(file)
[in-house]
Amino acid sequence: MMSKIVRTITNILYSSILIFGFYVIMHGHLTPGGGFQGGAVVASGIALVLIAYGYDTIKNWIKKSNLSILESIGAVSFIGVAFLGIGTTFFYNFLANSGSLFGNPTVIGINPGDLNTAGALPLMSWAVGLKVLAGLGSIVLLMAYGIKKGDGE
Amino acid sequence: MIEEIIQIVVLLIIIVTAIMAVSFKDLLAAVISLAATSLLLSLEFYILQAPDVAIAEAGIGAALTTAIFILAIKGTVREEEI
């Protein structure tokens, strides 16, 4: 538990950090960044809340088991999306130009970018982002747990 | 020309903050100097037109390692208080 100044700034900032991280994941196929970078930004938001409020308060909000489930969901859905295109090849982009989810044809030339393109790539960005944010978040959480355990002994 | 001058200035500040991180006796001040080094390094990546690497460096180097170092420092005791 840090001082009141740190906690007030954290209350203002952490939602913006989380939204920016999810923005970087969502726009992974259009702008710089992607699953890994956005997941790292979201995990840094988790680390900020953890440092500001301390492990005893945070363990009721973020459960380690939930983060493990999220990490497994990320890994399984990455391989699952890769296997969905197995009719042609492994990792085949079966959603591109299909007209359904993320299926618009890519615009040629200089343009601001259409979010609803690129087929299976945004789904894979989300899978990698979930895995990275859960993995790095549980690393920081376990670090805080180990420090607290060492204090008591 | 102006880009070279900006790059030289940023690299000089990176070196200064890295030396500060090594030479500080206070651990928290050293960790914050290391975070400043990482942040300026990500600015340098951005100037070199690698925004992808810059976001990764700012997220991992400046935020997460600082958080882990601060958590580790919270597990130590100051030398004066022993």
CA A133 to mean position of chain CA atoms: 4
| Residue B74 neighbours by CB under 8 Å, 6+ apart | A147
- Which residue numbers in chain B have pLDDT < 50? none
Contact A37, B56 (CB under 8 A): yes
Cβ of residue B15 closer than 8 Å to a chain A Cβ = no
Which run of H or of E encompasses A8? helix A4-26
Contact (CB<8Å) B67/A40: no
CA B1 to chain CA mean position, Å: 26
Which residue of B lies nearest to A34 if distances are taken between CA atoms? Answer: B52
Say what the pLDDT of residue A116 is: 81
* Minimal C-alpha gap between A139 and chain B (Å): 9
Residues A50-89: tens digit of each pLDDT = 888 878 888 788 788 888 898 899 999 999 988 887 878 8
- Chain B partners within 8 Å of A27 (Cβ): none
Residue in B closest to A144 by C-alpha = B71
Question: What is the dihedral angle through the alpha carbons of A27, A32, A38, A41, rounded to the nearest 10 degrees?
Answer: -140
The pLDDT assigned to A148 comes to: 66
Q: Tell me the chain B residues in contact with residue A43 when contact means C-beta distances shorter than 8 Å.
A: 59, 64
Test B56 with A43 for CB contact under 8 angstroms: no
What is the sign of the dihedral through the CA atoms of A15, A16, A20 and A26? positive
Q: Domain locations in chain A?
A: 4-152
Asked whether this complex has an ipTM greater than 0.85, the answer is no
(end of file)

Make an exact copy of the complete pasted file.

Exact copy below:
[in-house]
Amino acid sequence: MMSKIVRTITNILYSSILIFGFYVIMHGHLTPGGGFQGGAVVASGIALVLIAYGYDTIKNWIKKSNLSILESIGAVSFIGVAFLGIGTTFFYNFLANSGSLFGNPTVIGINPGDLNTAGALPLMSWAVGLKVLAGLGSIVLLMAYGIKKGDGE
Amino acid sequence: MIEEIIQIVVLLIIIVTAIMAVSFKDLLAAVISLAATSLLLSLEFYILQAPDVAIAEAGIGAALTTAIFILAIKGTVREEEI
């Protein structure tokens, strides 16, 4: 538990950090960044809340088991999306130009970018982002747990 | 020309903050100097037109390692208080 100044700034900032991280994941196929970078930004938001409020308060909000489930969901859905295109090849982009989810044809030339393109790539960005944010978040959480355990002994 | 001058200035500040991180006796001040080094390094990546690497460096180097170092420092005791 840090001082009141740190906690007030954290209350203002952490939602913006989380939204920016999810923005970087969502726009992974259009702008710089992607699953890994956005997941790292979201995990840094988790680390900020953890440092500001301390492990005893945070363990009721973020459960380690939930983060493990999220990490497994990320890994399984990455391989699952890769296997969905197995009719042609492994990792085949079966959603591109299909007209359904993320299926618009890519615009040629200089343009601001259409979010609803690129087929299976945004789904894979989300899978990698979930895995990275859960993995790095549980690393920081376990670090805080180990420090607290060492204090008591 | 102006880009070279900006790059030289940023690299000089990176070196200064890295030396500060090594030479500080206070651990928290050293960790914050290391975070400043990482942040300026990500600015340098951005100037070199690698925004992808810059976001990764700012997220991992400046935020997460600082958080882990601060958590580790919270597990130590100051030398004066022993």
CA A133 to mean position of chain CA atoms: 4
| Residue B74 neighbours by CB under 8 Å, 6+ apart | A147
- Which residue numbers in chain B have pLDDT < 50? none
Contact A37, B56 (CB under 8 A): yes
Cβ of residue B15 closer than 8 Å to a chain A Cβ = no
Which run of H or of E encompasses A8? helix A4-26
Contact (CB<8Å) B67/A40: no
CA B1 to chain CA mean position, Å: 26
Which residue of B lies nearest to A34 if distances are taken between CA atoms? Answer: B52
Say what the pLDDT of residue A116 is: 81
* Minimal C-alpha gap between A139 and chain B (Å): 9
Residues A50-89: tens digit of each pLDDT = 888 878 888 788 788 888 898 899 999 999 988 887 878 8
- Chain B partners within 8 Å of A27 (Cβ): none
Residue in B closest to A144 by C-alpha = B71
Question: What is the dihedral angle through the alpha carbons of A27, A32, A38, A41, rounded to the nearest 10 degrees?
Answer: -140
The pLDDT assigned to A148 comes to: 66
Q: Tell me the chain B residues in contact with residue A43 when contact means C-beta distances shorter than 8 Å.
A: 59, 64
Test B56 with A43 for CB contact under 8 angstroms: no
What is the sign of the dihedral through the CA atoms of A15, A16, A20 and A26? positive
Q: Domain locations in chain A?
A: 4-152
Asked whether this complex has an ipTM greater than 0.85, the answer is no